Nada Basar ( Surgical Unit-5, Civil Hospital, Karachi. )
Aun Ali ( Surgical Unit-5, Civil Hospital, Karachi. )
Naveed Ali Khan ( Surgical Unit-5, Civil Hospital, Karachi. )
Amjad Siraj Memon ( Surgical Unit-5, Civil Hospital, Karachi. )
Carcinoma of colon and rectum is one of the most common malignancies of gastrointestinal tract. Primary ileostomy cancer following excision of primary tumour is a rare complication although a number of cases have been reported in the last 30 years. This case also reports lymph node metastasis to the adjacent mesenteric lymph nodes. Appearance of ileostomy tumour as synchronous or metachronous lesion is highly debatable. Once diagnosis is confirmed by biopsy enblock excision with or without stomal relocation is the main stay of treatment. Patient education and regular surveillance of patients with long-standing ileostomy is recommended for early detection of this unusual cancer.
Keywords: Carcinoma, Rectum, Gastrointestinal tract, Cancer.
Ileostomy is a surgical opening made by bringing end or loop of ileum on the skin. This could be a permanent or temporary measure to evacuate gut content. Ileostomies are made for various disease processes including inflammatory, infectious, obstructive, malignant and traumatic of small and large bowel. It is also associated with various complications like nutritional imbalances, skin problems, and complications directly related to stoma like herniation, prolapse, ischaemia and necrosis, retraction, obstruction. Incidence of ileostomy tumour is very rare but it is a known complication reported in various journals in last 50 years, some citing frequency as low as 0.1 %. Though many cases reported were after IBD but cases have been reported after excision of primary small and large bowel tumours, primary urinary bladder tumours and ovarian tumours as well. The time period between formation of ileostomy and development of tumour varies from as long as 30 years to within 2-3 years. Various theories have been put forward to explain the formation of tumour but no exact cause could be stated.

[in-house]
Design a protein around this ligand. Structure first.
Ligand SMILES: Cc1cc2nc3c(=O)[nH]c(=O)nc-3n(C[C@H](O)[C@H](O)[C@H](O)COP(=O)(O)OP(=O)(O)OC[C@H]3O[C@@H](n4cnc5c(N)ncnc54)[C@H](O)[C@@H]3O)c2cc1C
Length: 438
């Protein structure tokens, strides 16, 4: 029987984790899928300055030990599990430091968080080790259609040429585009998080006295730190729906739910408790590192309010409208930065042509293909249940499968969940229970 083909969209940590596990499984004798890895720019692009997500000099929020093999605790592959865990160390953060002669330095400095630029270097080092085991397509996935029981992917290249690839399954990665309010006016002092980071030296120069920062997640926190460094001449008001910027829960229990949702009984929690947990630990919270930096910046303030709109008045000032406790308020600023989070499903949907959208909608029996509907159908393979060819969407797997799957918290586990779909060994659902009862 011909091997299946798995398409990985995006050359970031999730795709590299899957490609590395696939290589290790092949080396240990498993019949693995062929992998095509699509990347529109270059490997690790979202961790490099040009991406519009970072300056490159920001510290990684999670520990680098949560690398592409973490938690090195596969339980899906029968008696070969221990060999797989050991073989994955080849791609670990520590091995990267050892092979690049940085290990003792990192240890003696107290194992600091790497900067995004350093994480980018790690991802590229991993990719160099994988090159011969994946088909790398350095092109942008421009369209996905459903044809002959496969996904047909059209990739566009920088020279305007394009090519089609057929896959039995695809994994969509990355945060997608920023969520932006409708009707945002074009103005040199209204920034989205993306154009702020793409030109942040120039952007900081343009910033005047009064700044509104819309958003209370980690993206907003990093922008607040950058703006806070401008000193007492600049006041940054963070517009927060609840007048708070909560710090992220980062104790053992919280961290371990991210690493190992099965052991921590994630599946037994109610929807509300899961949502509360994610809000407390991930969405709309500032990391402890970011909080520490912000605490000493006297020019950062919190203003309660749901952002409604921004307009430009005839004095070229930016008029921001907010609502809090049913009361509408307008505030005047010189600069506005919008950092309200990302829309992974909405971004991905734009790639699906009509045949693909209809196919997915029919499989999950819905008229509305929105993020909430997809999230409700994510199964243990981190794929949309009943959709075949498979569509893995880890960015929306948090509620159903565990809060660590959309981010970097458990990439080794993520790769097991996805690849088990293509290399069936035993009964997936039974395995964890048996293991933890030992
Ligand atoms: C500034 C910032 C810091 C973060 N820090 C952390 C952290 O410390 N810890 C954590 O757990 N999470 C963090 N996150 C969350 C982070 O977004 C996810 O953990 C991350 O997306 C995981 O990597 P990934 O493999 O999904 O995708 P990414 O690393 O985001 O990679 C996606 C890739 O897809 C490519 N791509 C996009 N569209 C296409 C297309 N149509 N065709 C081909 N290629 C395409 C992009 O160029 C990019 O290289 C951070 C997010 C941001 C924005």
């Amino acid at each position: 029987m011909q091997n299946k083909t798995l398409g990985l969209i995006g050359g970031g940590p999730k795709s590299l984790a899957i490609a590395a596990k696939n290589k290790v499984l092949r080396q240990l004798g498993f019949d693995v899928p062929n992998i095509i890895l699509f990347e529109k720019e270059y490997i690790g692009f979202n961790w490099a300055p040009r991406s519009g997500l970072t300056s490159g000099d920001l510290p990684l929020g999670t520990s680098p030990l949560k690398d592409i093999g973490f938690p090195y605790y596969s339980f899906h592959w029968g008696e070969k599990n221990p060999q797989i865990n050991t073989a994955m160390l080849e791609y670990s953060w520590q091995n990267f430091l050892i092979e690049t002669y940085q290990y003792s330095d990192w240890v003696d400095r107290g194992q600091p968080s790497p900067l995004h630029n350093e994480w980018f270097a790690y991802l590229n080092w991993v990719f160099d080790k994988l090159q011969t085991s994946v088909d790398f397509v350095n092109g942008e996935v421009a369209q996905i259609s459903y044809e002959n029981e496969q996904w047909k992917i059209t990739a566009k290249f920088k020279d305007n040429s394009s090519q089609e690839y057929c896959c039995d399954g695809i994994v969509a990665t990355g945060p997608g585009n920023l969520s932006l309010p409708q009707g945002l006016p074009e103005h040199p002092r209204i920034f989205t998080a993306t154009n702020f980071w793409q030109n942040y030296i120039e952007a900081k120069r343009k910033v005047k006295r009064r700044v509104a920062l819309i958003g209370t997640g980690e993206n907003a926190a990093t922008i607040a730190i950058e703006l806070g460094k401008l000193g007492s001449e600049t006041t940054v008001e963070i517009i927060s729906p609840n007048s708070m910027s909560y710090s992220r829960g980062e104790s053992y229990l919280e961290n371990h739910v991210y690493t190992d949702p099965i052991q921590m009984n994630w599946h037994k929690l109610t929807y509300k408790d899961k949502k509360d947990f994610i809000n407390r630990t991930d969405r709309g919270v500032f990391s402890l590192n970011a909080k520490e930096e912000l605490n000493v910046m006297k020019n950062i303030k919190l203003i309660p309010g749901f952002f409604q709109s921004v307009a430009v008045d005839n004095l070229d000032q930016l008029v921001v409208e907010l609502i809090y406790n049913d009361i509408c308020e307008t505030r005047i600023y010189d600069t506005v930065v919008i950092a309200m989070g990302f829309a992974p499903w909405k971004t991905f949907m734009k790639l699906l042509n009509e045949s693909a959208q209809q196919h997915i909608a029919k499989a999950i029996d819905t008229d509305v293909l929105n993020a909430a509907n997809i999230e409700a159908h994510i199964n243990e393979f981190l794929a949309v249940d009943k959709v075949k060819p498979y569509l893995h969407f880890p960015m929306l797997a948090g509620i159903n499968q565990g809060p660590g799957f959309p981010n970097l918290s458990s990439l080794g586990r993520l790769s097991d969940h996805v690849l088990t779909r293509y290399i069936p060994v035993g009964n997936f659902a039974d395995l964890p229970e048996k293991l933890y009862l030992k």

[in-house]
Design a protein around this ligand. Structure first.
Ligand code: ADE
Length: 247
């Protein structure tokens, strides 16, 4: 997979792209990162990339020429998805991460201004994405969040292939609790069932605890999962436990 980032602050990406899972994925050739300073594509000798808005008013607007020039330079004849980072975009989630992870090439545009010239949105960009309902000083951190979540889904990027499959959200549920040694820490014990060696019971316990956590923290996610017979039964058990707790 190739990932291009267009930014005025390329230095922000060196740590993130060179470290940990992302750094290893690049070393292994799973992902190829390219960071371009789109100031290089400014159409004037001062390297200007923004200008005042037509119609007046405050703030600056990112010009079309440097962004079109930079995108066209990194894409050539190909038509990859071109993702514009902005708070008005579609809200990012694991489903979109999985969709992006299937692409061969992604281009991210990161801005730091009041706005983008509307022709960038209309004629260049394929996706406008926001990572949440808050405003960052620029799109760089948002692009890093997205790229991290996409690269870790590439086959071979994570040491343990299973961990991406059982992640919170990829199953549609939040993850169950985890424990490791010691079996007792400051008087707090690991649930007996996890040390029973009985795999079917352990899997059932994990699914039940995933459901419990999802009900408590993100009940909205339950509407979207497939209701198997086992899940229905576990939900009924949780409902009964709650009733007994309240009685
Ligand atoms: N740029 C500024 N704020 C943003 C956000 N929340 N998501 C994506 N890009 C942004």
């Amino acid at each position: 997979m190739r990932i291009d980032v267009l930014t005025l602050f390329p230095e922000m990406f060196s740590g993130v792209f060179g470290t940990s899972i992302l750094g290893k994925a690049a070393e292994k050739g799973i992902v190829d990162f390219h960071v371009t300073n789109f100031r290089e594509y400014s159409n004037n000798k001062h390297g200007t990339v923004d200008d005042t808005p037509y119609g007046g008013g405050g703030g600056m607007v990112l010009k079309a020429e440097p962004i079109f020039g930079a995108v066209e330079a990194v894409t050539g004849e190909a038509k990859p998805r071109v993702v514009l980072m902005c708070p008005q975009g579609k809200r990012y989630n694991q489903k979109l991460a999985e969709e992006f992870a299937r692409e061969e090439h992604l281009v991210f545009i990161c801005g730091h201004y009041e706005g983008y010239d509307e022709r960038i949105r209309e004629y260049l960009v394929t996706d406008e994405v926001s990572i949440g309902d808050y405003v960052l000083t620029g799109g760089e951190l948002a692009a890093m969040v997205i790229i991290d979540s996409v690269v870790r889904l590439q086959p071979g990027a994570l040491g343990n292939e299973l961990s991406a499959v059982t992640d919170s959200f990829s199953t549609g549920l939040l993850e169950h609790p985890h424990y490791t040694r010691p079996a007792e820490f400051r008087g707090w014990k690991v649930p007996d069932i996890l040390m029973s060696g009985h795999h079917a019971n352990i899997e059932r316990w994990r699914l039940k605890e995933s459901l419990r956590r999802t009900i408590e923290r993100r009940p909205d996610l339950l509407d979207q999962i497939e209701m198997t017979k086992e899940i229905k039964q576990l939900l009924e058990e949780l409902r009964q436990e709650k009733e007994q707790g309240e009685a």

A 35 years old male patient with no known comorbids and an ex cigarette-smoker presented initially as a case of Carcinoma rectum (moderately differentiated adenocarcinoma) on 11th may-2010 and resection of the primary tumour with Hartmann\\\'s procedure was done. (This patient had presented in emergency as case of intestinal obstruction so baseline CT scan could not be done). On exploration, a tumour of 4x5cms was present in the upper and mid third of rectum, involving all layers, along with few enlarged lymph nodes, liver, spleen and other viscera were normal. He received 12 cycles of chemotherapy (FOLFOX) at oncology unit Civil Hospital Karachi. His post chemotherapy CT scan (16 march-11) showed absence of metastasis. He had reversal of Hartmann on 23 March-2011. At the time of reversal distal small bowel loop was found adherent to Hartmann\\\'s pouch which was separated, but on palpation this portion was thick and rest of the bowel was normal. A portion was excised and end ileostomy made. Excised thick portion was sent for biopsy that showed nonspecific inflammation. Patient presented on 15th July-11, with complaints of lower abdominal pain, bleeding from stoma site and a mass arising from stoma for the last two months, stoma was otherwise functioning normally. On examination a proliferative growth was found at the stoma site which was bleeding (Figure).